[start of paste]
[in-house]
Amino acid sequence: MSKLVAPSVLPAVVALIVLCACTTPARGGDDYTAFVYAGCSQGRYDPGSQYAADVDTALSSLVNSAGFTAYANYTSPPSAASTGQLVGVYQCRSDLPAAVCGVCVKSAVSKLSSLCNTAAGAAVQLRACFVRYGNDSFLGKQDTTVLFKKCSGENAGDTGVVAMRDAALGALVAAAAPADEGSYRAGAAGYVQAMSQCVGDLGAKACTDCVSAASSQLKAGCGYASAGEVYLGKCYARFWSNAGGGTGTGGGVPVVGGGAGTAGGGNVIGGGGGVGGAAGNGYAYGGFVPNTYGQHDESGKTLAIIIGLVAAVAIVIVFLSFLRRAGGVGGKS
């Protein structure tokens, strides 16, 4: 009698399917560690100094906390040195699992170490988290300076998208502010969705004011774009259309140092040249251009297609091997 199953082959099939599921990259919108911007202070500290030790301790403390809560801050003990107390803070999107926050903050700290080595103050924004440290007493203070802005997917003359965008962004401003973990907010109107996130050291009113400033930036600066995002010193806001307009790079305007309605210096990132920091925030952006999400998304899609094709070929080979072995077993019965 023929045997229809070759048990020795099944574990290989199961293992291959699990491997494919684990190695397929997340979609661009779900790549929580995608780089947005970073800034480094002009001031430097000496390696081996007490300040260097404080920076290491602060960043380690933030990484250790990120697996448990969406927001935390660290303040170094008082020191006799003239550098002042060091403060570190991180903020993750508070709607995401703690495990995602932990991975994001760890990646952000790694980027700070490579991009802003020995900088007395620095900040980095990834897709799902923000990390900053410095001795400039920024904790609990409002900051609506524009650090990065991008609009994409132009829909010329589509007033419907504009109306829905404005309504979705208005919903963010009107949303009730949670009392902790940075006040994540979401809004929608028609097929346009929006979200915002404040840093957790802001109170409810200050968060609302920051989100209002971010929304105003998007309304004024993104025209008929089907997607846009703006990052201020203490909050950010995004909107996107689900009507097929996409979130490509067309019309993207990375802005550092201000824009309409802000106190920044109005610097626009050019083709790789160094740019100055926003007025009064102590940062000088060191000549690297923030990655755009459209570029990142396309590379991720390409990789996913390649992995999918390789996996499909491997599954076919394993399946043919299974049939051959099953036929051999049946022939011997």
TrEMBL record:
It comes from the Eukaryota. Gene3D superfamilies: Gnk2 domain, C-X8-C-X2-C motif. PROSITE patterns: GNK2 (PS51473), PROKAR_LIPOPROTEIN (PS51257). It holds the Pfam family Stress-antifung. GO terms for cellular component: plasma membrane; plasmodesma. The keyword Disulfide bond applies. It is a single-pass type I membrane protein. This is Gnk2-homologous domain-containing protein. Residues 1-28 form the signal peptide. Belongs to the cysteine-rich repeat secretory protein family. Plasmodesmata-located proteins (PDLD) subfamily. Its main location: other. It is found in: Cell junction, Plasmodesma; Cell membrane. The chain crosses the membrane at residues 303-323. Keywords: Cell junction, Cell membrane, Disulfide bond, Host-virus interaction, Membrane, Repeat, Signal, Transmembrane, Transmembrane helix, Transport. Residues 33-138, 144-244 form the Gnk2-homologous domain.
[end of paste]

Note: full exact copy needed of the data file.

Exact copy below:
[in-house]
Amino acid sequence: MSKLVAPSVLPAVVALIVLCACTTPARGGDDYTAFVYAGCSQGRYDPGSQYAADVDTALSSLVNSAGFTAYANYTSPPSAASTGQLVGVYQCRSDLPAAVCGVCVKSAVSKLSSLCNTAAGAAVQLRACFVRYGNDSFLGKQDTTVLFKKCSGENAGDTGVVAMRDAALGALVAAAAPADEGSYRAGAAGYVQAMSQCVGDLGAKACTDCVSAASSQLKAGCGYASAGEVYLGKCYARFWSNAGGGTGTGGGVPVVGGGAGTAGGGNVIGGGGGVGGAAGNGYAYGGFVPNTYGQHDESGKTLAIIIGLVAAVAIVIVFLSFLRRAGGVGGKS
């Protein structure tokens, strides 16, 4: 009698399917560690100094906390040195699992170490988290300076998208502010969705004011774009259309140092040249251009297609091997 199953082959099939599921990259919108911007202070500290030790301790403390809560801050003990107390803070999107926050903050700290080595103050924004440290007493203070802005997917003359965008962004401003973990907010109107996130050291009113400033930036600066995002010193806001307009790079305007309605210096990132920091925030952006999400998304899609094709070929080979072995077993019965 023929045997229809070759048990020795099944574990290989199961293992291959699990491997494919684990190695397929997340979609661009779900790549929580995608780089947005970073800034480094002009001031430097000496390696081996007490300040260097404080920076290491602060960043380690933030990484250790990120697996448990969406927001935390660290303040170094008082020191006799003239550098002042060091403060570190991180903020993750508070709607995401703690495990995602932990991975994001760890990646952000790694980027700070490579991009802003020995900088007395620095900040980095990834897709799902923000990390900053410095001795400039920024904790609990409002900051609506524009650090990065991008609009994409132009829909010329589509007033419907504009109306829905404005309504979705208005919903963010009107949303009730949670009392902790940075006040994540979401809004929608028609097929346009929006979200915002404040840093957790802001109170409810200050968060609302920051989100209002971010929304105003998007309304004024993104025209008929089907997607846009703006990052201020203490909050950010995004909107996107689900009507097929996409979130490509067309019309993207990375802005550092201000824009309409802000106190920044109005610097626009050019083709790789160094740019100055926003007025009064102590940062000088060191000549690297923030990655755009459209570029990142396309590379991720390409990789996913390649992995999918390789996996499909491997599954076919394993399946043919299974049939051959099953036929051999049946022939011997």
TrEMBL record:
It comes from the Eukaryota. Gene3D superfamilies: Gnk2 domain, C-X8-C-X2-C motif. PROSITE patterns: GNK2 (PS51473), PROKAR_LIPOPROTEIN (PS51257). It holds the Pfam family Stress-antifung. GO terms for cellular component: plasma membrane; plasmodesma. The keyword Disulfide bond applies. It is a single-pass type I membrane protein. This is Gnk2-homologous domain-containing protein. Residues 1-28 form the signal peptide. Belongs to the cysteine-rich repeat secretory protein family. Plasmodesmata-located proteins (PDLD) subfamily. Its main location: other. It is found in: Cell junction, Plasmodesma; Cell membrane. The chain crosses the membrane at residues 303-323. Keywords: Cell junction, Cell membrane, Disulfide bond, Host-virus interaction, Membrane, Repeat, Signal, Transmembrane, Transmembrane helix, Transport. Residues 33-138, 144-244 form the Gnk2-homologous domain.